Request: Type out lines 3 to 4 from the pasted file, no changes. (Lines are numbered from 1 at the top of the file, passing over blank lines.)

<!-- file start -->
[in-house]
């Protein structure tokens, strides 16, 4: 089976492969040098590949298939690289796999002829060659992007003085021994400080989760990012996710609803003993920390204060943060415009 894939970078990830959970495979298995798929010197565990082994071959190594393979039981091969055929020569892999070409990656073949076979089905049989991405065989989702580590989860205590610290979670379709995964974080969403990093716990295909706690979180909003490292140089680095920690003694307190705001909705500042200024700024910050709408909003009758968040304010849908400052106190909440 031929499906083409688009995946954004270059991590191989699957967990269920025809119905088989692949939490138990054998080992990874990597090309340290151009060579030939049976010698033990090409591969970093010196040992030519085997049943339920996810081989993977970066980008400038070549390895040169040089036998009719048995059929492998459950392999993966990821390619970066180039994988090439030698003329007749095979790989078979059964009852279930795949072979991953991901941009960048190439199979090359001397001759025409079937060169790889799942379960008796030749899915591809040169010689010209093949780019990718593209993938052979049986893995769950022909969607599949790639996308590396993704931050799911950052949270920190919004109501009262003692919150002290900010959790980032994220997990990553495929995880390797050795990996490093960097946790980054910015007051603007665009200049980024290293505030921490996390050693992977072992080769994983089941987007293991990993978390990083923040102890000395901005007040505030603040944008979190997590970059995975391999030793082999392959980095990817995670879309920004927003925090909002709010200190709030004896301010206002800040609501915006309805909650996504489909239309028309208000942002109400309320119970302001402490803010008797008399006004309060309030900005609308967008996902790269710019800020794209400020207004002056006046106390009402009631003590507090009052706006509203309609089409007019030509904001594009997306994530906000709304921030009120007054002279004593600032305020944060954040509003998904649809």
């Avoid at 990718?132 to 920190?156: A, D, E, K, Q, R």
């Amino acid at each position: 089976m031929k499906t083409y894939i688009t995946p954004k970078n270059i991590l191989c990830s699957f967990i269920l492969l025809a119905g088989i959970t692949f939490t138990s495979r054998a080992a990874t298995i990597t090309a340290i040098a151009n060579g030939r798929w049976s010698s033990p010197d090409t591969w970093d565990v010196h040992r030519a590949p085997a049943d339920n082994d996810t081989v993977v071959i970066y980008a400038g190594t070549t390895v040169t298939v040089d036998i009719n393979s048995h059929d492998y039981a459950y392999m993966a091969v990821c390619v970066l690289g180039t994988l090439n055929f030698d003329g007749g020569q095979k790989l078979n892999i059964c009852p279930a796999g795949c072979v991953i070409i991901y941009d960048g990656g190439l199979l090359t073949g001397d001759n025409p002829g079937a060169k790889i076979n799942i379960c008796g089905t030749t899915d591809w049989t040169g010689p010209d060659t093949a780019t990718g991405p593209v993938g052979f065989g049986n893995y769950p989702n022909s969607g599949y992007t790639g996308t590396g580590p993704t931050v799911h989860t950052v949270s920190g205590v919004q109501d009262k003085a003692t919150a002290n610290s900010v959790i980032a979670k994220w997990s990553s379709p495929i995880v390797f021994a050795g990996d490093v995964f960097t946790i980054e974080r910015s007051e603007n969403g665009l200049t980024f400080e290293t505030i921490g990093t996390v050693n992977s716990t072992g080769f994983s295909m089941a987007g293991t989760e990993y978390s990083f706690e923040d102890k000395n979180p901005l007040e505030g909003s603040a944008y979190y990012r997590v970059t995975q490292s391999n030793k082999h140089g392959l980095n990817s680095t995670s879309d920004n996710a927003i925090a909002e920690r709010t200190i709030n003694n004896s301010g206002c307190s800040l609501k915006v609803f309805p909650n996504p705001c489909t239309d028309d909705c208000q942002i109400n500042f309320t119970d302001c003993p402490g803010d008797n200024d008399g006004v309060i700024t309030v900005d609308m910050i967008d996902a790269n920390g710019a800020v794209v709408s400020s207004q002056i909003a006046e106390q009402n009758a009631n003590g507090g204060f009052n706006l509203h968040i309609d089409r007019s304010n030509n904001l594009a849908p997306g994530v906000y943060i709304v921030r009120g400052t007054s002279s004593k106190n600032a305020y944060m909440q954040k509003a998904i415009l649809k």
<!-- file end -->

């Avoid at 990718?132 to 920190?156: A, D, E, K, Q, R």
């Amino acid at each position: 089976m031929k499906t083409y894939i688009t995946p954004k970078n270059i991590l191989c990830s699957f967990i269920l492969l025809a119905g088989i959970t692949f939490t138990s495979r054998a080992a990874t298995i990597t090309a340290i040098a151009n060579g030939r798929w049976s010698s033990p010197d090409t591969w970093d565990v010196h040992r030519a590949p085997a049943d339920n082994d996810t081989v993977v071959i970066y980008a400038g190594t070549t390895v040169t298939v040089d036998i009719n393979s048995h059929d492998y039981a459950y392999m993966a091969v990821c390619v970066l690289g180039t994988l090439n055929f030698d003329g007749g020569q095979k790989l078979n892999i059964c009852p279930a796999g795949c072979v991953i070409i991901y941009d960048g990656g190439l199979l090359t073949g001397d001759n025409p002829g079937a060169k790889i076979n799942i379960c008796g089905t030749t899915d591809w049989t040169g010689p010209d060659t093949a780019t990718g991405p593209v993938g052979f065989g049986n893995y769950p989702n022909s969607g599949y992007t790639g996308t590396g580590p993704t931050v799911h989860t950052v949270s920190g205590v919004q109501d009262k003085a003692t919150a002290n610290s900010v959790i980032a979670k994220w997990s990553s379709p495929i995880v390797f021994a050795g990996d490093v995964f960097t946790i980054e974080r910015s007051e603007n969403g665009l200049t980024f400080e290293t505030i921490g990093t996390v050693n992977s716990t072992g080769f994983s295909m089941a987007g293991t989760e990993y978390s990083f706690e923040d102890k000395n979180p901005l007040e505030g909003s603040a944008y979190y990012r997590v970059t995975q490292s391999n030793k082999h140089g392959l980095n990817s680095t995670s879309d920004n996710a927003i925090a909002e920690r709010t200190i709030n003694n004896s301010g206002c307190s800040l609501k915006v609803f309805p909650n996504p705001c489909t239309d028309d909705c208000q942002i109400n500042f309320t119970d302001c003993p402490g803010d008797n200024d008399g006004v309060i700024t309030v900005d609308m910050i967008d996902a790269n920390g710019a800020v794209v709408s400020s207004q002056i909003a006046e106390q009402n009758a009631n003590g507090g204060f009052n706006l509203h968040i309609d089409r007019s304010n030509n904001l594009a849908p997306g994530v906000y943060i709304v921030r009120g400052t007054s002279s004593k106190n600032a305020y944060m909440q954040k509003a998904i415009l649809k």